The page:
Representations of Islam and Muslims in early modern English drama from Marlowe to Massinger

Abu-Baker, Mohamed Hassan (1997) Representations of Islam and Muslims in early modern English drama from Marlowe to Massinger. PhD thesis, University of Glasgow.

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Abstract

The representation of Islam and Muslims in early modern English drama draws heavily on the Christian polemical tradition established in the Middle Ages. That polemic was the product of hostility and hatred and consequently sought to construct Islam as the negation of Christianity; the Prophet Muhammad as an impostor, an evil sensualist, an Antichrist; Muslims as violent and barbaric. The whole Islamic world was seen as the fearful enemy which had to be checked and ultimately destroyed. It was in this spirit of religious hostility that imaginative Christian European narratives, from the Middle Ages on, deliberately sacrificed accuracy for the sake of constructing a negative image of Islam and Muslims that was relevant to the polemical purposes of their representations. Two outstanding themes emerge from these representations; namely that the Islamic East was the realm of lascivious sensuality and inherent violence. Early modem English dramatists, from Marlowe to Massinger, readily employed these themes. Nevertheless, some authors, like Marlowe, were imaginative enough to transcend the limitations of a crudely hostile representation of Islam and Muslims by using them as means to question the foundations of Christian culture, or to articulate their individual positions, or both. Other authors, like Peele, Kyd, and Massinger, used representations of Muslims as analogues for the divisive conflicts within the body of Christendom and as instruments of propaganda in the continuing war between rival Christian sects. Fulke Greville, on the other hand, deployed the Islamic setting and Muslim characters as instruments to raise his concerns about the moral and philosophical issues pertaining to the question of the relationship between tyrannical order and democratic anarchy in the fallen state of spiritual depravity. In general, however, representations of Islam and Muslims in early modern English drama tended to reinforce the Christians' perceptions of their own cultural and moral superiority. They also served to confirm for the Christians their long-established preconceptions. The long history of conflict between the two religions helped to keep these perceptions and preconceptions firmly embedded in the theatrical productions of Renaissance England.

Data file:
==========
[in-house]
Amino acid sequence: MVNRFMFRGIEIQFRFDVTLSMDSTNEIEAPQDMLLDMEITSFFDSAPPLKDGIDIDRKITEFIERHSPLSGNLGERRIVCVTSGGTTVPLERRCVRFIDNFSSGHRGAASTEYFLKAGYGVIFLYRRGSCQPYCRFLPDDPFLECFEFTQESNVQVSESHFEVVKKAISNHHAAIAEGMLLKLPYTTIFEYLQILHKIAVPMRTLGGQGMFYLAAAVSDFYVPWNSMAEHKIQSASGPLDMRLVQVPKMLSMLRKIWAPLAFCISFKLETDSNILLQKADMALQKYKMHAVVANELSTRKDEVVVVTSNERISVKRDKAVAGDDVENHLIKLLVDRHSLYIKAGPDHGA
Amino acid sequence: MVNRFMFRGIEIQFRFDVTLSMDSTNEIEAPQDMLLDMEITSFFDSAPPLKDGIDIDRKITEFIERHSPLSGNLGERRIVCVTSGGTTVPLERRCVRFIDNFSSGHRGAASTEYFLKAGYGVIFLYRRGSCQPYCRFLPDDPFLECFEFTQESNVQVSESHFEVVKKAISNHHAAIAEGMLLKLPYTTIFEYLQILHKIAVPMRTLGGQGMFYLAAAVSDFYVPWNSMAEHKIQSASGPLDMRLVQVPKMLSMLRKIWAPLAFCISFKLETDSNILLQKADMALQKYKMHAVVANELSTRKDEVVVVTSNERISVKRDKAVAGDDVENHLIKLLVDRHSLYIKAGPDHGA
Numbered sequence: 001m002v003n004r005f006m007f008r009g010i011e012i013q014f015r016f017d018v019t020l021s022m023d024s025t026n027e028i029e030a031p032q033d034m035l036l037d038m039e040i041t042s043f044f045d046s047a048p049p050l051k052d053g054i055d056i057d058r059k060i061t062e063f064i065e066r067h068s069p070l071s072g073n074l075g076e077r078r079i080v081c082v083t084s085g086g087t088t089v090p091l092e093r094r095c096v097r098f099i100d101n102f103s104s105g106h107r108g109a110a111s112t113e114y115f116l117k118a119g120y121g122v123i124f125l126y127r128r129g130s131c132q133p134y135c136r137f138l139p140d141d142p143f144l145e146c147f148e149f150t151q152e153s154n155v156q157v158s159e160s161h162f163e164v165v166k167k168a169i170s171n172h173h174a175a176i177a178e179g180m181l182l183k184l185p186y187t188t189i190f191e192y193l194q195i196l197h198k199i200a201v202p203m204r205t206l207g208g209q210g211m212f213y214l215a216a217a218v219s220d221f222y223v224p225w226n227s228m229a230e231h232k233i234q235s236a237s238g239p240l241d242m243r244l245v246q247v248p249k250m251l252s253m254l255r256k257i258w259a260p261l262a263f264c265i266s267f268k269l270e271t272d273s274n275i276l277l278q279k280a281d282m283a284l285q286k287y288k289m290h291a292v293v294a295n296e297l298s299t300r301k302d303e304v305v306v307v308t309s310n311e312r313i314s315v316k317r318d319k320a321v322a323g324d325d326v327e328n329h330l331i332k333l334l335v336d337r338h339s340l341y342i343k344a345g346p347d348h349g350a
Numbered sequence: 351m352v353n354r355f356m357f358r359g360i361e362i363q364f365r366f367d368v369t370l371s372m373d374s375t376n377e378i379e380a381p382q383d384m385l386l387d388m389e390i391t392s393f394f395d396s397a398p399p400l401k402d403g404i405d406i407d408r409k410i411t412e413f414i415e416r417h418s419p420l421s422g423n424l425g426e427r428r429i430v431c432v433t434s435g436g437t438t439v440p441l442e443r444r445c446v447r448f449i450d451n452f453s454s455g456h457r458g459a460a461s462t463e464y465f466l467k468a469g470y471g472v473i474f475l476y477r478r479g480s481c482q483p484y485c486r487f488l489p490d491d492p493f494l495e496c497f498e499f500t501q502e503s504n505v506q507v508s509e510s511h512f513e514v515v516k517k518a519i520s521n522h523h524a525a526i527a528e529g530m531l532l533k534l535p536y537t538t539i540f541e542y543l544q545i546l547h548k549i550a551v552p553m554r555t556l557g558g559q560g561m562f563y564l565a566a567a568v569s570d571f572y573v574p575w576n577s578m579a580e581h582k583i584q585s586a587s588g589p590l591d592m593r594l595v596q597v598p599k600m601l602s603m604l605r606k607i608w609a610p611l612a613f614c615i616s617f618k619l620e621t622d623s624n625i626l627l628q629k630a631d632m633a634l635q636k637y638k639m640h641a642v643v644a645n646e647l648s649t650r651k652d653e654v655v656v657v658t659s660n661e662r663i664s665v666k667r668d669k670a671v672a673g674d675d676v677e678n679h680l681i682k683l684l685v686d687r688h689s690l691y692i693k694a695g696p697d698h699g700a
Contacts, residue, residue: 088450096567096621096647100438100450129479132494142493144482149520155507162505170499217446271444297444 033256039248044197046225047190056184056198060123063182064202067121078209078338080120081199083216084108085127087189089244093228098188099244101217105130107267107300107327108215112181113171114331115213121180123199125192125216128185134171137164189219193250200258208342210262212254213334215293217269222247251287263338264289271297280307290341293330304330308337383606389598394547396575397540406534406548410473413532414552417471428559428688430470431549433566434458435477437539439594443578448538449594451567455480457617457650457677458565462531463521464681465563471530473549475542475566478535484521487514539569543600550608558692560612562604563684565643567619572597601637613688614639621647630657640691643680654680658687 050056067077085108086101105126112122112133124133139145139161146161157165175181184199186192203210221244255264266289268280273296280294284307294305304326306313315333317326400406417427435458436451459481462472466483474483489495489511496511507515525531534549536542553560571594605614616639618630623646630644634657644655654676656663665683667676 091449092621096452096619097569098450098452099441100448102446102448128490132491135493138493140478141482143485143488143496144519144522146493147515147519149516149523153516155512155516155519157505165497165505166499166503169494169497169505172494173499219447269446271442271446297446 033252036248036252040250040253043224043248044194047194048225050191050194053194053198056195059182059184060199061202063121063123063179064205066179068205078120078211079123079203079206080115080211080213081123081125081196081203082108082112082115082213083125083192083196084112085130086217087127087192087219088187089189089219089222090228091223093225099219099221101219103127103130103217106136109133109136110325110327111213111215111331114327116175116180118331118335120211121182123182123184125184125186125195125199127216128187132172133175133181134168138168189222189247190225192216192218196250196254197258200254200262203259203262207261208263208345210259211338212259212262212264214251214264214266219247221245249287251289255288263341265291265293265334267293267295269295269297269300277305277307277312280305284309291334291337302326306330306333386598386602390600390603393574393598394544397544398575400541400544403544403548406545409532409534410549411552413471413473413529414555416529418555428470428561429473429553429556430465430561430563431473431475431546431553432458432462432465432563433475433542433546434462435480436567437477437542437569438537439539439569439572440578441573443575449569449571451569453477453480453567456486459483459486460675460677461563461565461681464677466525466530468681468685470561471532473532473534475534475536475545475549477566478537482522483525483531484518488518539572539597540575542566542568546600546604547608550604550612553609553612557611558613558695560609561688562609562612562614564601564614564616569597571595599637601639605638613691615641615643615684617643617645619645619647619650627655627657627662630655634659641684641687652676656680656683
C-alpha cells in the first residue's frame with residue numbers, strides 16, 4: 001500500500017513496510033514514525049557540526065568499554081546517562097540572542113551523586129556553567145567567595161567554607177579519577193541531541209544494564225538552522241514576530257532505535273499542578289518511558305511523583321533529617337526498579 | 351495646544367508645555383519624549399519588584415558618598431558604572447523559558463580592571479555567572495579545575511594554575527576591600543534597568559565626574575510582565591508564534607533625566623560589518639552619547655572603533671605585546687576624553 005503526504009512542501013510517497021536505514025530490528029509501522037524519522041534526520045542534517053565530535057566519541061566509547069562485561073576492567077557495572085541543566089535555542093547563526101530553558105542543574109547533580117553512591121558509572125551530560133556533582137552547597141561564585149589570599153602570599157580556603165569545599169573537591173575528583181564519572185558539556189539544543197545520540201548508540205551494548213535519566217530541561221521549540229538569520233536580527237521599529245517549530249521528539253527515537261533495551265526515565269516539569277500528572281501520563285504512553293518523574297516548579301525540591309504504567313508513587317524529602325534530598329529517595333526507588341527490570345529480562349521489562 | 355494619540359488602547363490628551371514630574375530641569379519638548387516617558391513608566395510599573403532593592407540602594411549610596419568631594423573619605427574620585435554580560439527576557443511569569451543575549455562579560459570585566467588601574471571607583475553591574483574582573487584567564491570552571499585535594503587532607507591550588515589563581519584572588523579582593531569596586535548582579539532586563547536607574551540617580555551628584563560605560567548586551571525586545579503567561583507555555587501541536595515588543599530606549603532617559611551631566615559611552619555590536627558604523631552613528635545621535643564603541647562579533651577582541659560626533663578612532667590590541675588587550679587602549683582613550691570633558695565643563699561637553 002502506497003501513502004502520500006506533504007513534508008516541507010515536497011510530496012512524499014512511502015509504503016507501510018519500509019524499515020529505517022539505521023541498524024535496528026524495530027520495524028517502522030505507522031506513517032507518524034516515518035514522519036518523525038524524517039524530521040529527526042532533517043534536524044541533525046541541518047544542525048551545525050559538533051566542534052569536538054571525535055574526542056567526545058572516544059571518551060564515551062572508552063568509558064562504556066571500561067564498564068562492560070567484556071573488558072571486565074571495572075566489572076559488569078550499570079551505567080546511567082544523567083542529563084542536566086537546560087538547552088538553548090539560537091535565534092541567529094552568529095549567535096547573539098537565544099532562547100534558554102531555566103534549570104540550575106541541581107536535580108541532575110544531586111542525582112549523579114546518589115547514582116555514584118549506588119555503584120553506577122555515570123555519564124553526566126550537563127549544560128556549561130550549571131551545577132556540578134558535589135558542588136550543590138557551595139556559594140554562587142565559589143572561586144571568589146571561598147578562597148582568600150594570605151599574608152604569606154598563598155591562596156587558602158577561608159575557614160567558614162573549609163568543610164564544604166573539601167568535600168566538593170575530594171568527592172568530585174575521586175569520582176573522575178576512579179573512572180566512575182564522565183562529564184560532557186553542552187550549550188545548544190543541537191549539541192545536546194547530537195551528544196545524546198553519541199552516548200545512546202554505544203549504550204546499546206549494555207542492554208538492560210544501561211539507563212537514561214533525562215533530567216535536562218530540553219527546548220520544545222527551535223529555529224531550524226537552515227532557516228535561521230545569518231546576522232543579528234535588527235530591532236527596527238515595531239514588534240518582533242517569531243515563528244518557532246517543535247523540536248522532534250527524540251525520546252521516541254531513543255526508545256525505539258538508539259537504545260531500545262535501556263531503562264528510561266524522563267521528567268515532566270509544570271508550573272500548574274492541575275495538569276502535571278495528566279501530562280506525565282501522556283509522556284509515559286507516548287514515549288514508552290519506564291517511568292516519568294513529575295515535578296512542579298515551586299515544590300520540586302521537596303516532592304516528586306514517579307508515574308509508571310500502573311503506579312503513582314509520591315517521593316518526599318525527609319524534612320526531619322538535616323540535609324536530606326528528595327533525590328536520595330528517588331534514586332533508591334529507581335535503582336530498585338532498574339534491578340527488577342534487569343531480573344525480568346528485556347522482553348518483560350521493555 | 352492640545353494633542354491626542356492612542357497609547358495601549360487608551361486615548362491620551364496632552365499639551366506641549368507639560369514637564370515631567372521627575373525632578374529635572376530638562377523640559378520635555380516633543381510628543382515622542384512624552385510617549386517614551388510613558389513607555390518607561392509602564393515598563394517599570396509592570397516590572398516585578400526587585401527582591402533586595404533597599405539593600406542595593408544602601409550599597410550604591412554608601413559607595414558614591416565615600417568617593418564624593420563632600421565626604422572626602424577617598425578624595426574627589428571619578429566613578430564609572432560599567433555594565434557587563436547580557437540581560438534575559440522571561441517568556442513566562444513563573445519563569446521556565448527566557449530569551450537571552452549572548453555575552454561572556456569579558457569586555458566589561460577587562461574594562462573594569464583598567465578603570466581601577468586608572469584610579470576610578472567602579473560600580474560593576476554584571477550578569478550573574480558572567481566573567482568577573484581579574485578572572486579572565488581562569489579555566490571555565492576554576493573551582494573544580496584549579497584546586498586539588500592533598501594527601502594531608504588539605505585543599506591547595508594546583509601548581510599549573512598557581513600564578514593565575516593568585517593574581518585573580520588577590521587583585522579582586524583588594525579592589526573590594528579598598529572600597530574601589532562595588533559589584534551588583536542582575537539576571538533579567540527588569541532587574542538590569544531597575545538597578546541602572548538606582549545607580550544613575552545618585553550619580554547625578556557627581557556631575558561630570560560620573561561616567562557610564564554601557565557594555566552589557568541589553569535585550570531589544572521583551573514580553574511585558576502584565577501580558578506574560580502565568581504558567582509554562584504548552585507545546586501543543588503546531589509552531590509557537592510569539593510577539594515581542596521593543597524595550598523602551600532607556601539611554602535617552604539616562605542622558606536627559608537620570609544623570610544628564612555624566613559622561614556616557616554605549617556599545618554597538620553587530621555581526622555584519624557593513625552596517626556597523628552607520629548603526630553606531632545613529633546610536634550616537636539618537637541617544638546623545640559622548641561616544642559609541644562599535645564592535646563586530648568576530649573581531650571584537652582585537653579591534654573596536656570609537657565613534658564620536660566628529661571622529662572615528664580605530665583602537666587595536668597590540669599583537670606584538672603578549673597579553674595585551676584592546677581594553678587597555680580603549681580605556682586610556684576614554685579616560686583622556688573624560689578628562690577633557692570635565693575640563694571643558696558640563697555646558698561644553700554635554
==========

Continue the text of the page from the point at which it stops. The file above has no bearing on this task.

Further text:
Item Type: Thesis (PhD)
Qualification Level: Doctoral
Additional Information: Adviser: Robert Maslen
Keywords: Theater history
Date of Award: 1997
Depositing User: Enlighten Team
Unique ID: glathesis:1997-71290
Copyright: Copyright of this thesis is held by the author.
Date Deposited: 10 May 2019 10:49
Last Modified: 10 May 2019 10:49
URI: http://theses.gla.ac.uk/id/eprint/71290

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